Interestingly, archness, being ready with a joke on various occasions, and total absence of excesses is very often found in people who have seen and lived through a lot.

Dubas does not pass judgment but muses:

“I realize that the times are changing and to make young people interested in history one needs other, newer approaches. Here we have a masterful, talented managerial approach. Are there any speculative aspects to it? Without a doubt, but are they permissible here? Please, understand that I am not saying absolutely not, I’m trying to analyze things.

“Almost every kryivka meant the deaths of young people, they died tragic sacrificial deaths. There were times when security required to stay in a kryivka for months without even poking your nose outside, waiting for a courier with the code word. These kryivkas were built by real masters who added a sophisticated ventilation system when ventilation barrels were placed in a tree trunk, and there was always a sewer, smoke duct because a small stove was placed there. A kryivka was built near a pond or a stream, otherwise they saw to it that the inmates had a large reserve of fresh water. Spotting a kryivka was not easy. A tree would be planted in a large box and the door could opened only after the box was lifted from below. There were other tricks.”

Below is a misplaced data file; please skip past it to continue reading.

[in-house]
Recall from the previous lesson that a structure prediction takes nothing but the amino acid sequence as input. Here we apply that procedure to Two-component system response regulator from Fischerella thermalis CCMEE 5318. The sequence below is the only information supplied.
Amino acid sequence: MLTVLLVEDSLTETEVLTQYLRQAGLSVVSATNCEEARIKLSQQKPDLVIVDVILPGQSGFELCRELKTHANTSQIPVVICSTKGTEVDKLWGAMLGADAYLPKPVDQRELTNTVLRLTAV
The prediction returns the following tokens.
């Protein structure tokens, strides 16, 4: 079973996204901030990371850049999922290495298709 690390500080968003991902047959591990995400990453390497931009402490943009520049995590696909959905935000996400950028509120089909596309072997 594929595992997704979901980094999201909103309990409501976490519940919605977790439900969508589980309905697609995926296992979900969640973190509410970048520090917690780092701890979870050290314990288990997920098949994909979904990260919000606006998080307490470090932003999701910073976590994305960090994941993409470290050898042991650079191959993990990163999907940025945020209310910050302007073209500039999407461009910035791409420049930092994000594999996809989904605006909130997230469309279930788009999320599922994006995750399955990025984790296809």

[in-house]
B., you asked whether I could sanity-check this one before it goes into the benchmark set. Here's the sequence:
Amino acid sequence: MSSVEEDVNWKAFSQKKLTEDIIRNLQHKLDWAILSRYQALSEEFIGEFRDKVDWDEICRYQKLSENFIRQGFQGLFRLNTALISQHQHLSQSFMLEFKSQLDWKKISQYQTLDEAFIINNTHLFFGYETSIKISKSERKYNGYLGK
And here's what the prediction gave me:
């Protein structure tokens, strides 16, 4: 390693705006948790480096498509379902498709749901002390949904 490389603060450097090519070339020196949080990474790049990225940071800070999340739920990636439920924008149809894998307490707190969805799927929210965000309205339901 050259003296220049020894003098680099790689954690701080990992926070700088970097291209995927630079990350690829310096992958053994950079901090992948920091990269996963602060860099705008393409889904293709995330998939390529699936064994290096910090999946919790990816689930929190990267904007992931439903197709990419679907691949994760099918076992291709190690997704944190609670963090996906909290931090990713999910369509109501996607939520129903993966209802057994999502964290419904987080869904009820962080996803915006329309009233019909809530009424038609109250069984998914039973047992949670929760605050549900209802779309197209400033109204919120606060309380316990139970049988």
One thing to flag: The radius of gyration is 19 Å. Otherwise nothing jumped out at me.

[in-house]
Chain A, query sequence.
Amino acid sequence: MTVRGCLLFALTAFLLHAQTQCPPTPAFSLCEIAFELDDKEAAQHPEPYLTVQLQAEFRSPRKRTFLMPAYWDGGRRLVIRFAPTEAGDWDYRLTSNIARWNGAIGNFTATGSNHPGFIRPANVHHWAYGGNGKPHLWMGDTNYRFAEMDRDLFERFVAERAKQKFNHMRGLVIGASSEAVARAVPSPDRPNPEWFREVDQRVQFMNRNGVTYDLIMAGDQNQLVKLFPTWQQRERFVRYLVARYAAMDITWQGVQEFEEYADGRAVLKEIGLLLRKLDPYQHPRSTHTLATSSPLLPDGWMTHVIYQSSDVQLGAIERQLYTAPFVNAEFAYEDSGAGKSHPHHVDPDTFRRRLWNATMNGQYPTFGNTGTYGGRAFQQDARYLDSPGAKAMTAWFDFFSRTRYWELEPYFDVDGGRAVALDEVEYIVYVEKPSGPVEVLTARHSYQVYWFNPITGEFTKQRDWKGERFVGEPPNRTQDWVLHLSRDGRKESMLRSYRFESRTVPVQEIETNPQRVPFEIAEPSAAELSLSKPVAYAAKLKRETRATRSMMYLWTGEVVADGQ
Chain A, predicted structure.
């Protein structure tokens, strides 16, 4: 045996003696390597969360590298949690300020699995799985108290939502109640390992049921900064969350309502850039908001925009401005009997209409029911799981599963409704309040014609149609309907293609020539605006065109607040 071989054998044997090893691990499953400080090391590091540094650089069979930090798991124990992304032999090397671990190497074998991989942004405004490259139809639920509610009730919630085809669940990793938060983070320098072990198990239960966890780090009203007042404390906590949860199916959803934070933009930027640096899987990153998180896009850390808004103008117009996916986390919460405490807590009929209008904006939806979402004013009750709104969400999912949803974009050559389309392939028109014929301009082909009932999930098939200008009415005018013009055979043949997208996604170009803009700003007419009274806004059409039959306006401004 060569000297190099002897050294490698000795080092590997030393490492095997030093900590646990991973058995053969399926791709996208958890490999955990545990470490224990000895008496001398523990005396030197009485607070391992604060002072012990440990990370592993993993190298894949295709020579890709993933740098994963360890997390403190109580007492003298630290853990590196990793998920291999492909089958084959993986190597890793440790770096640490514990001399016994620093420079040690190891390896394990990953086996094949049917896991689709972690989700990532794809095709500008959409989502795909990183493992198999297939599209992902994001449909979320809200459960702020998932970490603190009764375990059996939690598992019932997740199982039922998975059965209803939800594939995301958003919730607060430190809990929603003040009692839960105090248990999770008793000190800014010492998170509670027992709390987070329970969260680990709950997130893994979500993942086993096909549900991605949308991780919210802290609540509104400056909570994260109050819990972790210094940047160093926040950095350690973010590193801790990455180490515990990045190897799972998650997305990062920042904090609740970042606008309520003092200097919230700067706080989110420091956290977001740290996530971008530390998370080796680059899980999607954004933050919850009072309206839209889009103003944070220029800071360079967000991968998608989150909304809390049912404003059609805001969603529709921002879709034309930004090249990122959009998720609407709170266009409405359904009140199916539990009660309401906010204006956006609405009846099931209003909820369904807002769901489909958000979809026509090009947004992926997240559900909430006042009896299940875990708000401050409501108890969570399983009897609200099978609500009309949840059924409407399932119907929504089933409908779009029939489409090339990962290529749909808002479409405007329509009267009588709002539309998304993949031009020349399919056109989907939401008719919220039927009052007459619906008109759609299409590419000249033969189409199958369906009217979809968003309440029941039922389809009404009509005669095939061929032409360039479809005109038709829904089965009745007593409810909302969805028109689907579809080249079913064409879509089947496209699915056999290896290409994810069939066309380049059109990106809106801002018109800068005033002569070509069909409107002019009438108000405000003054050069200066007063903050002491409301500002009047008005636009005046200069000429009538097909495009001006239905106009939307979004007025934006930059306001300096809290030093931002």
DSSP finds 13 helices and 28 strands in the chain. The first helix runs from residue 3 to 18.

“Is it true that there is a map of kryivkas somewhere?”

“No. No one knew where all the kryivkas were, not even Roman Shukhevych. Only several most trusted persons knew their whereabouts in a certain locality, otherwise considerably more people would have died. There are still laid up kryivkas.”

We are listening to music and sipping hot herbal tea with honey and hips, perhaps the kind UPA men brewed. There are many waiters hurrying hither and thither, all of them young people wearing loose khaki jeans and T-shirts with the UPA insignia: red and black stripes. Still, they look more like US volunteers.

There is a steady flow of customers, among them noted Lviv journalists, actors, businessmen. There are many young visitors who come to order simple — but rather expensive — dishes and take pictures of each other in front of very large photos showing young people dressed in paramilitary uniforms, almost always in the woods and carrying weapons. Customers train their cameras on a portrait of Stepan Bandera, an old wireless or even a flatiron from that period.

“Do these young people who are drinking and making merry under these old photos understand that practically all those people in the photos were killed shortly after posing for the camera?” Dubas seemed to be speaking to himself. “Most likely they don’t or don’t care. This pains my heart, but maybe I have an obsolete way of thinking, maybe I can’t meet everything new and progressive halfway?”

We sit in silence, listening to Russian being spoken around us, which is somehow out of place.